This is a mushroom known as an “Artist’s Conk.” The fungus is aptly named for the way in which the white underside can be used as a medium for sketching, seen below.
While the top of the fungus is hard and woody, the underside is rather soft and covered in a white coating. Etching any sharp object such as a stick or pencil into this undersurface removes the white coating to expose the brown woody inside of the mushroom.
This species is referred to as a “bracket fungus” meaning it grows like a shelf on the side of hardwood and conifer trees. This means that sometimes it can be difficult to etch into the underside of these fungi being that the sketching surface faces the ground. Although we don’t recommend altering the state of nature, some artists prefer to remove the conks from trees to use as a sketching surface at home. After carving, artist’s commonly allow the shelf fungi to dry out with the pore surface facing up. The results are long-lasting.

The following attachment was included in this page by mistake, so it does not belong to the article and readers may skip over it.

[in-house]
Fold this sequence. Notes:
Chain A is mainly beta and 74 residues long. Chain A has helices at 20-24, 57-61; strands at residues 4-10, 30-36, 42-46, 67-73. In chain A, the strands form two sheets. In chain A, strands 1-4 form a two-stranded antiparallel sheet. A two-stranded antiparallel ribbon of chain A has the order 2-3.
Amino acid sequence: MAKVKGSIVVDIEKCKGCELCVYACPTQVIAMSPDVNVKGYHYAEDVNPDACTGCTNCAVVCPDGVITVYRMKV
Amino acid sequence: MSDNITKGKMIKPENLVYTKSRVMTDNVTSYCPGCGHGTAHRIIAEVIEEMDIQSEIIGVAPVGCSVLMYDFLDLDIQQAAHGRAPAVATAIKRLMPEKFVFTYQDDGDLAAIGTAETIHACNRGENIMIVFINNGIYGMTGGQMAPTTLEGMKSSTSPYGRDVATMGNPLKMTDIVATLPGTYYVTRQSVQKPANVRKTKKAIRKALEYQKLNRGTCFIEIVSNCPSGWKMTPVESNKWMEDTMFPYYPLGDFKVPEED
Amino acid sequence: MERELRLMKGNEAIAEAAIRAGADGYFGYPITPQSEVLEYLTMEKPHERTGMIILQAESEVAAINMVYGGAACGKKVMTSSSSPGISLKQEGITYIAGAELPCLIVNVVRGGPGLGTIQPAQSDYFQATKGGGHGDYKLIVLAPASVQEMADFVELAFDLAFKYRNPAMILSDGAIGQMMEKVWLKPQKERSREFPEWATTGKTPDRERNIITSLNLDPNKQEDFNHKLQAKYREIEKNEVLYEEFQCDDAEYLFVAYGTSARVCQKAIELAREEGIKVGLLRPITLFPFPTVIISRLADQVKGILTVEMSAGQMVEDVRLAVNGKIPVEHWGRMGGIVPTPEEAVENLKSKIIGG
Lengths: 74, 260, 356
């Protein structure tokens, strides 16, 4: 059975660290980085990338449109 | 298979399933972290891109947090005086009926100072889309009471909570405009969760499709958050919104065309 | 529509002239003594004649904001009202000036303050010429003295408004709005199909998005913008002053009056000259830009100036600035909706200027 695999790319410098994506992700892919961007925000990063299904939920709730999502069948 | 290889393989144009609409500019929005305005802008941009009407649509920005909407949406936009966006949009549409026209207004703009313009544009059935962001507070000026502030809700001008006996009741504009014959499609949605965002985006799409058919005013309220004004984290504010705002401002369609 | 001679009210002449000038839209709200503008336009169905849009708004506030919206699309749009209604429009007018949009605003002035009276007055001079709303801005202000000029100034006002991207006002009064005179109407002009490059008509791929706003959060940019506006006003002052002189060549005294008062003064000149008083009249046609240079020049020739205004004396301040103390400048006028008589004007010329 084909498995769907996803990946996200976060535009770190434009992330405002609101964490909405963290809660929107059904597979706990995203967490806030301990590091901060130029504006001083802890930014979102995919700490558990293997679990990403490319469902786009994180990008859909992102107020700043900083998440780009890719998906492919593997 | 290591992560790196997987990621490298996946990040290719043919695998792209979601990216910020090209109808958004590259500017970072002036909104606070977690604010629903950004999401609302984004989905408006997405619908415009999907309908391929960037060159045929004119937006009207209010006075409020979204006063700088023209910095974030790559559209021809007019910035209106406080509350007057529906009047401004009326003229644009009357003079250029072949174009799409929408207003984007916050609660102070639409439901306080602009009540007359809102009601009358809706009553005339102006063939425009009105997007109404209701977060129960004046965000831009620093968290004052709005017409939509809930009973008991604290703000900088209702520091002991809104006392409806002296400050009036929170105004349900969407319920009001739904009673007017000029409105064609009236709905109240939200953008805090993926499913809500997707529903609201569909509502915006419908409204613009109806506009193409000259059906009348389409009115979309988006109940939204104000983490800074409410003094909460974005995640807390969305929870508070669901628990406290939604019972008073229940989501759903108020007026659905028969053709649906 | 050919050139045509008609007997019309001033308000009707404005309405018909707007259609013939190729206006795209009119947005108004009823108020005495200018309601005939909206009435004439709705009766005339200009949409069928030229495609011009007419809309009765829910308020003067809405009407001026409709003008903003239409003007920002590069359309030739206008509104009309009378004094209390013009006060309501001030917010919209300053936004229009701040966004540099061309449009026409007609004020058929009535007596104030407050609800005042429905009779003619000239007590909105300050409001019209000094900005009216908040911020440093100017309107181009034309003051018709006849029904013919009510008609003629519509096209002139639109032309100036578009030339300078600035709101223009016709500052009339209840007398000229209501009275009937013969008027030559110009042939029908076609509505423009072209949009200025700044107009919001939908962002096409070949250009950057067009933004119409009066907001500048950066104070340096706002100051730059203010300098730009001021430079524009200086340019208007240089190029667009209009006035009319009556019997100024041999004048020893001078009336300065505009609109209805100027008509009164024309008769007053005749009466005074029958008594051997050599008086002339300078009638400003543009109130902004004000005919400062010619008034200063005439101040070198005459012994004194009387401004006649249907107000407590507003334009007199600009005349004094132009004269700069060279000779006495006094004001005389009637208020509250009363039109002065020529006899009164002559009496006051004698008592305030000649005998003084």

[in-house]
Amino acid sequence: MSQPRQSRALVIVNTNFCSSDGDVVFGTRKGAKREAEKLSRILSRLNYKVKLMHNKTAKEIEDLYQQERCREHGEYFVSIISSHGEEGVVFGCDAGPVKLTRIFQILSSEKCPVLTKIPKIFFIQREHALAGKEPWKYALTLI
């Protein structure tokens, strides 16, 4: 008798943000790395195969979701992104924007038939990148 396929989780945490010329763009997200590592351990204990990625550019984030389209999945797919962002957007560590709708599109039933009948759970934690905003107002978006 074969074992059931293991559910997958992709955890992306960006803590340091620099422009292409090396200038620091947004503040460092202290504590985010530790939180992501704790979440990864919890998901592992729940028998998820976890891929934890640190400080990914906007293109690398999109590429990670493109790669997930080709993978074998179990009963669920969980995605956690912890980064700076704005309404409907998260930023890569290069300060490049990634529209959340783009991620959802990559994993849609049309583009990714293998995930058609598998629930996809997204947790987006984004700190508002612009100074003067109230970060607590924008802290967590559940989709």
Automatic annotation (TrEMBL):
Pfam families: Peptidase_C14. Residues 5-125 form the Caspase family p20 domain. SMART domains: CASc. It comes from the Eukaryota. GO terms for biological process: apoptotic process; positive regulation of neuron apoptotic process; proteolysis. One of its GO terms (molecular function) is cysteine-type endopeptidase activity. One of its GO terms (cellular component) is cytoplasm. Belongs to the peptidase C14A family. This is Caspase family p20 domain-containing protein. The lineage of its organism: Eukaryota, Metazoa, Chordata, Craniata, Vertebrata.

Unlike most fungi, this unique mushroom grows year-round, in North and South America, Asia, Europe, and Australia, and can expand in size for well over a decade. To test the age of a bracket, one can break the organism in half, and – just as one would date a tree – count the number of concentric rings to indicate the years of growth.